On the western edge of the City lies the Temple, comprising two of London's Inns of Court (the Middle Temple and Inner Temple) - a quiet, secluded area virtually cut off from the rest of London and pretty much unchanged since the seventeenth century. The Inns of Court are, in effect, law colleges.
The site was originally the base of the Knights Templar, a chivalrous order of monks founded in 1119. The Knights Templar are known to have taken part in the Crusades. The order was dissolved in 1312 but the site still retains the name of the Temple. It was taken over by another religious order but was leased to the lawyers and their students who were settling in the area, which was close to the Royal Courts. The Temple has been a central part of legal London ever since. A barrister - a lawyer who has the right to appear in court - must be a member of one of the Inns of Court. Most of the accommodation nowadays is given over to barristers' and judges' chambers, but there are also ceremonial halls on site, plus the Temple Church - on the same site as the Knights Templars' original place of worship and the oldest part of the complex. A few buildings have been refurbished or have modern wings and annexes, but part of the complex dates from about 1560.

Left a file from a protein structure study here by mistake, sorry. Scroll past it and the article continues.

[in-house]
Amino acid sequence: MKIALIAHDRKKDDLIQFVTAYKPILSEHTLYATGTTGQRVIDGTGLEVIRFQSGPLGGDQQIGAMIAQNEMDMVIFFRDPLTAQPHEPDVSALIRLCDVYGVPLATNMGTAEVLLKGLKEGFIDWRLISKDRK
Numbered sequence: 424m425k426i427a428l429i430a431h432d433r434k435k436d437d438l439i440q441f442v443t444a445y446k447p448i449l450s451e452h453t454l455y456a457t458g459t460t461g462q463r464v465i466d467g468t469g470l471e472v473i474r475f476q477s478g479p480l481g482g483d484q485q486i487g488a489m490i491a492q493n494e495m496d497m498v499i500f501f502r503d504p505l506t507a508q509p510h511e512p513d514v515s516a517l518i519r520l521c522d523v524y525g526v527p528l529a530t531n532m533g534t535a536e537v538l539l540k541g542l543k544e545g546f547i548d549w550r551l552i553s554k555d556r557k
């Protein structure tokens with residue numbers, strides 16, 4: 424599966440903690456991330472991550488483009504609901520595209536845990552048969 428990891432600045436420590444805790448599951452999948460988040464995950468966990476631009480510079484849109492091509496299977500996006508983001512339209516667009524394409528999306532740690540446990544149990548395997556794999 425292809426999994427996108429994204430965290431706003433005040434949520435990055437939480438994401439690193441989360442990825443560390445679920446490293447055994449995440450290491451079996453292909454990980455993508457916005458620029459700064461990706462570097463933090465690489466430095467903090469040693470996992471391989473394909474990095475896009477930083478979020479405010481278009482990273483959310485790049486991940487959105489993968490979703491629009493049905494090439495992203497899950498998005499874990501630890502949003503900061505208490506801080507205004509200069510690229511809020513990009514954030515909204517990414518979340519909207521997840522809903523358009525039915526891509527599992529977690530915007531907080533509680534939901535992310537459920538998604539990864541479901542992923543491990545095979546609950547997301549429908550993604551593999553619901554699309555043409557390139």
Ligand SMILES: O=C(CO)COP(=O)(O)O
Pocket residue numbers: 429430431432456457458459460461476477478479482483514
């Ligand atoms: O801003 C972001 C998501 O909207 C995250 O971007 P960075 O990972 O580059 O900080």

The grounds are open to the public but there are only a handful of entrances to the site and no through traffic is allowed. The Temple, then, still has the quiet and secluded air of the religious order from which it sprang.
For some obscure historical reason the boundary with the City of Westminster actually runs through the site, but for the sake of clarity I shall regard it, for the purposes of this web page, as being wholly within the City of London.
A Temple photo album
Temple official website
Online Law - Middle Temple
Map of the Temple by Streetmap.co.uk
Back to City of London index page
This page last updated 22nd October 2002